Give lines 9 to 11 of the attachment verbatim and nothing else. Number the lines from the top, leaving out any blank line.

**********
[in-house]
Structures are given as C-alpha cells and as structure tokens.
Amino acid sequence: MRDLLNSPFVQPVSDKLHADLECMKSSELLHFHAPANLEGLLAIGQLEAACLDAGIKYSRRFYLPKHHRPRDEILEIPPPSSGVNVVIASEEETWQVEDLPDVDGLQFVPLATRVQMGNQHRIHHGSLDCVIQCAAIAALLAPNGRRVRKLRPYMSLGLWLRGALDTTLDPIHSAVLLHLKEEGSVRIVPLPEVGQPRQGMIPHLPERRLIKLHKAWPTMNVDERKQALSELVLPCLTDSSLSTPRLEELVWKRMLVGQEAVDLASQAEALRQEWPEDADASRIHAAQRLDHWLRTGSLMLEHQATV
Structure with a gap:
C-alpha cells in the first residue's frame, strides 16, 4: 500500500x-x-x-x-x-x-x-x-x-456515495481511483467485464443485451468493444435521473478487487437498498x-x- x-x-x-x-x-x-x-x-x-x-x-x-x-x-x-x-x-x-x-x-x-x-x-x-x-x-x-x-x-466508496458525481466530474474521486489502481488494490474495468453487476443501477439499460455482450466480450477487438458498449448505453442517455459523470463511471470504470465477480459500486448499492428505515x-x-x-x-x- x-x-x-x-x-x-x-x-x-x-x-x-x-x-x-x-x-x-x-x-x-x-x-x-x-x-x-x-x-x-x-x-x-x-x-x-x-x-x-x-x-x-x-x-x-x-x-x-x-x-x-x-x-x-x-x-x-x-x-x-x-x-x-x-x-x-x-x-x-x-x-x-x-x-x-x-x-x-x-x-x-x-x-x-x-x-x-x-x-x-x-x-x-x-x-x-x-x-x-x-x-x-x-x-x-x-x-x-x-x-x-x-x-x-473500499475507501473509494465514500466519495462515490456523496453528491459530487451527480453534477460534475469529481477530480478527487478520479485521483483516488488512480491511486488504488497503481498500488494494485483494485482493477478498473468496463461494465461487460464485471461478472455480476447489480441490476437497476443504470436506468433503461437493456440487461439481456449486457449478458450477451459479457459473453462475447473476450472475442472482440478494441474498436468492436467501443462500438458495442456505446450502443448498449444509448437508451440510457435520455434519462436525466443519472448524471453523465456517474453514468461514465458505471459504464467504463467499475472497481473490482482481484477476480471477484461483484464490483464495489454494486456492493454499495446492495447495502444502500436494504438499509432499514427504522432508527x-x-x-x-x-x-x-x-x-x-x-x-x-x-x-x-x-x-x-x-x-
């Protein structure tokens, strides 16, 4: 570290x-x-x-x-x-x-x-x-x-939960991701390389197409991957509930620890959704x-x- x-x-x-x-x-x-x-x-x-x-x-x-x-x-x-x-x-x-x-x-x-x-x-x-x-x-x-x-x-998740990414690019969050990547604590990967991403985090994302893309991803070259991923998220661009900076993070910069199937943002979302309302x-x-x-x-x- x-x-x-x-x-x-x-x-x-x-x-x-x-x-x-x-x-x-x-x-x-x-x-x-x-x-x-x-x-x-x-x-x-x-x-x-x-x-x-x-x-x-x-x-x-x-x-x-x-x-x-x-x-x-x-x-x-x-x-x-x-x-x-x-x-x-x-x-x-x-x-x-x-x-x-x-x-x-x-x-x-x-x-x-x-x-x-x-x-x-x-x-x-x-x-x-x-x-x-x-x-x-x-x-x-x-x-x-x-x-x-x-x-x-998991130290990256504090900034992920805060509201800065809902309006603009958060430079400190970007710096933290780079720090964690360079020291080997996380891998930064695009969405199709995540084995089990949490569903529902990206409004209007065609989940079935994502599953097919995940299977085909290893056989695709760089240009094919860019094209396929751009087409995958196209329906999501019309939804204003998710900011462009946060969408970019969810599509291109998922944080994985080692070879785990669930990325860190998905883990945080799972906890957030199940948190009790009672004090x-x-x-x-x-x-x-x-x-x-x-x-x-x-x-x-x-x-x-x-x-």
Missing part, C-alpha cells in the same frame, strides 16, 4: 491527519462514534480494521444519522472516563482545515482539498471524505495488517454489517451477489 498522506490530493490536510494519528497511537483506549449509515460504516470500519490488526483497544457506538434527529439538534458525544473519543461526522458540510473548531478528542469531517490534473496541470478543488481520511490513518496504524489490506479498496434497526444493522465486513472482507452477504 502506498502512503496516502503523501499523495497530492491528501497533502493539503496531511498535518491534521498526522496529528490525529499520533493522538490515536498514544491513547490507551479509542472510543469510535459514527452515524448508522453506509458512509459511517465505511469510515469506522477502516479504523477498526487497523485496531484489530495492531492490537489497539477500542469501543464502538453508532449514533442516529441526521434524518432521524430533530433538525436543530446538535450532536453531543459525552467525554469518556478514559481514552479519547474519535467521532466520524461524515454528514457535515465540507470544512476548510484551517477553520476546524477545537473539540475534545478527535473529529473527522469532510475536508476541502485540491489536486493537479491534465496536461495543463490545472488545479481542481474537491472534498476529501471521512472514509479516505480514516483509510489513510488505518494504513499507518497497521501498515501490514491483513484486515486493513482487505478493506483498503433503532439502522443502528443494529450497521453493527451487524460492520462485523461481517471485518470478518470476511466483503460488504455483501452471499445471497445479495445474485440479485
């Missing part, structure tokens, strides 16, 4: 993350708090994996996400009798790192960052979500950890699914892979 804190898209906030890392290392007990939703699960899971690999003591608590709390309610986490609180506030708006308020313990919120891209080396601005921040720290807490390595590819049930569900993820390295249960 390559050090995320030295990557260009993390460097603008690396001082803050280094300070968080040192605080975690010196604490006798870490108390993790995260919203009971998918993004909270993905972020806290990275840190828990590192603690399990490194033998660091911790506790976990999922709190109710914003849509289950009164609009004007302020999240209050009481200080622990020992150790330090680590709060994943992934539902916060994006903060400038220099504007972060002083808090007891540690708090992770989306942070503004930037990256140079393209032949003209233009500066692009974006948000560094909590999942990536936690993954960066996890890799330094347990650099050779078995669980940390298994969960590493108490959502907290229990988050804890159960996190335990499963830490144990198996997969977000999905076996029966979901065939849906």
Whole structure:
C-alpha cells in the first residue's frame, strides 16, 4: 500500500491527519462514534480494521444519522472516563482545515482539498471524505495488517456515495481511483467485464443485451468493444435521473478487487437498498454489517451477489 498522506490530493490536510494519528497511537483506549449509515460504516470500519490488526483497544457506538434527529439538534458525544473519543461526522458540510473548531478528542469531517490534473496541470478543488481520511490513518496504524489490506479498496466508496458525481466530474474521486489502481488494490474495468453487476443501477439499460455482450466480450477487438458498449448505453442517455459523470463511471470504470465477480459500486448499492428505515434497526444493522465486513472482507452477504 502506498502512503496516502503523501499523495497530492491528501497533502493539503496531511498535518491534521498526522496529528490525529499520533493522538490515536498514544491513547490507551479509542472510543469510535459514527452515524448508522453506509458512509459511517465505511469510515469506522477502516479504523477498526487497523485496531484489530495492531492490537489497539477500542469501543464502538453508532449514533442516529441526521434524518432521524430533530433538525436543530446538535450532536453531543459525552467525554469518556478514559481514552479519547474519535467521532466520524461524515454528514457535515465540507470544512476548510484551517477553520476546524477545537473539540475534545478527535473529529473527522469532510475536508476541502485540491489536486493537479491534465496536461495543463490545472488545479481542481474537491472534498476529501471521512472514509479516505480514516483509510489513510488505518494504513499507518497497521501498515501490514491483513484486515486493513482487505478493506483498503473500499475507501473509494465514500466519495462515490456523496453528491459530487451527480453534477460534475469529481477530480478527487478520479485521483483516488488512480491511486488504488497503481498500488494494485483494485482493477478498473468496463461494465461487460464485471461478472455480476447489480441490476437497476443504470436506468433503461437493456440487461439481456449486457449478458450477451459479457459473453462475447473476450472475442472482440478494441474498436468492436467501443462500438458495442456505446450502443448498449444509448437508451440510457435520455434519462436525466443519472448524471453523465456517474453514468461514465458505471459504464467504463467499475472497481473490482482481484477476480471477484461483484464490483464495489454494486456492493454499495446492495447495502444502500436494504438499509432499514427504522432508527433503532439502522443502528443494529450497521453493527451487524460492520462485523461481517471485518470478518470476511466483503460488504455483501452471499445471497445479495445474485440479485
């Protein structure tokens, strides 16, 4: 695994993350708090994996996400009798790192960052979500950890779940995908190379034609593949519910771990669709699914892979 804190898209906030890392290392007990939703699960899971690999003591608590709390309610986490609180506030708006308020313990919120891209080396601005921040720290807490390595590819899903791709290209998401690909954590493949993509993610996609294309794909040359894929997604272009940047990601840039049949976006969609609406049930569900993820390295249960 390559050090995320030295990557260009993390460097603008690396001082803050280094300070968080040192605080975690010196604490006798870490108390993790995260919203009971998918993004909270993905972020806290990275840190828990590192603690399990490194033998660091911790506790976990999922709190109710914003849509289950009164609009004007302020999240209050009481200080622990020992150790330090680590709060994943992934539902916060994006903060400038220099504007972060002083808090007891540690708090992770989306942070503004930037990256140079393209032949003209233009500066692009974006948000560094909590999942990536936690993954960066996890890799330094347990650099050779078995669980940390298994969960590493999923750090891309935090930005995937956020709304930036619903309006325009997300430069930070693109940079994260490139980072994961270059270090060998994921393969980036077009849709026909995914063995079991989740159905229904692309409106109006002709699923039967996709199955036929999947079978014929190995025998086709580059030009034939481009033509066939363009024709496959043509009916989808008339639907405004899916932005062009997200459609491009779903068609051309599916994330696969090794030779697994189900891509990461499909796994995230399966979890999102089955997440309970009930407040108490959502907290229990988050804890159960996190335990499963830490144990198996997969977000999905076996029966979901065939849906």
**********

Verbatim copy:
Whole structure:
C-alpha cells in the first residue's frame, strides 16, 4: 500500500491527519462514534480494521444519522472516563482545515482539498471524505495488517456515495481511483467485464443485451468493444435521473478487487437498498454489517451477489 498522506490530493490536510494519528497511537483506549449509515460504516470500519490488526483497544457506538434527529439538534458525544473519543461526522458540510473548531478528542469531517490534473496541470478543488481520511490513518496504524489490506479498496466508496458525481466530474474521486489502481488494490474495468453487476443501477439499460455482450466480450477487438458498449448505453442517455459523470463511471470504470465477480459500486448499492428505515434497526444493522465486513472482507452477504 502506498502512503496516502503523501499523495497530492491528501497533502493539503496531511498535518491534521498526522496529528490525529499520533493522538490515536498514544491513547490507551479509542472510543469510535459514527452515524448508522453506509458512509459511517465505511469510515469506522477502516479504523477498526487497523485496531484489530495492531492490537489497539477500542469501543464502538453508532449514533442516529441526521434524518432521524430533530433538525436543530446538535450532536453531543459525552467525554469518556478514559481514552479519547474519535467521532466520524461524515454528514457535515465540507470544512476548510484551517477553520476546524477545537473539540475534545478527535473529529473527522469532510475536508476541502485540491489536486493537479491534465496536461495543463490545472488545479481542481474537491472534498476529501471521512472514509479516505480514516483509510489513510488505518494504513499507518497497521501498515501490514491483513484486515486493513482487505478493506483498503473500499475507501473509494465514500466519495462515490456523496453528491459530487451527480453534477460534475469529481477530480478527487478520479485521483483516488488512480491511486488504488497503481498500488494494485483494485482493477478498473468496463461494465461487460464485471461478472455480476447489480441490476437497476443504470436506468433503461437493456440487461439481456449486457449478458450477451459479457459473453462475447473476450472475442472482440478494441474498436468492436467501443462500438458495442456505446450502443448498449444509448437508451440510457435520455434519462436525466443519472448524471453523465456517474453514468461514465458505471459504464467504463467499475472497481473490482482481484477476480471477484461483484464490483464495489454494486456492493454499495446492495447495502444502500436494504438499509432499514427504522432508527433503532439502522443502528443494529450497521453493527451487524460492520462485523461481517471485518470478518470476511466483503460488504455483501452471499445471497445479495445474485440479485
């Protein structure tokens, strides 16, 4: 695994993350708090994996996400009798790192960052979500950890779940995908190379034609593949519910771990669709699914892979 804190898209906030890392290392007990939703699960899971690999003591608590709390309610986490609180506030708006308020313990919120891209080396601005921040720290807490390595590819899903791709290209998401690909954590493949993509993610996609294309794909040359894929997604272009940047990601840039049949976006969609609406049930569900993820390295249960 390559050090995320030295990557260009993390460097603008690396001082803050280094300070968080040192605080975690010196604490006798870490108390993790995260919203009971998918993004909270993905972020806290990275840190828990590192603690399990490194033998660091911790506790976990999922709190109710914003849509289950009164609009004007302020999240209050009481200080622990020992150790330090680590709060994943992934539902916060994006903060400038220099504007972060002083808090007891540690708090992770989306942070503004930037990256140079393209032949003209233009500066692009974006948000560094909590999942990536936690993954960066996890890799330094347990650099050779078995669980940390298994969960590493999923750090891309935090930005995937956020709304930036619903309006325009997300430069930070693109940079994260490139980072994961270059270090060998994921393969980036077009849709026909995914063995079991989740159905229904692309409106109006002709699923039967996709199955036929999947079978014929190995025998086709580059030009034939481009033509066939363009024709496959043509009916989808008339639907405004899916932005062009997200459609491009779903068609051309599916994330696969090794030779697994189900891509990461499909796994995230399966979890999102089955997440309970009930407040108490959502907290229990988050804890159960996190335990499963830490144990198996997969977000999905076996029966979901065939849906």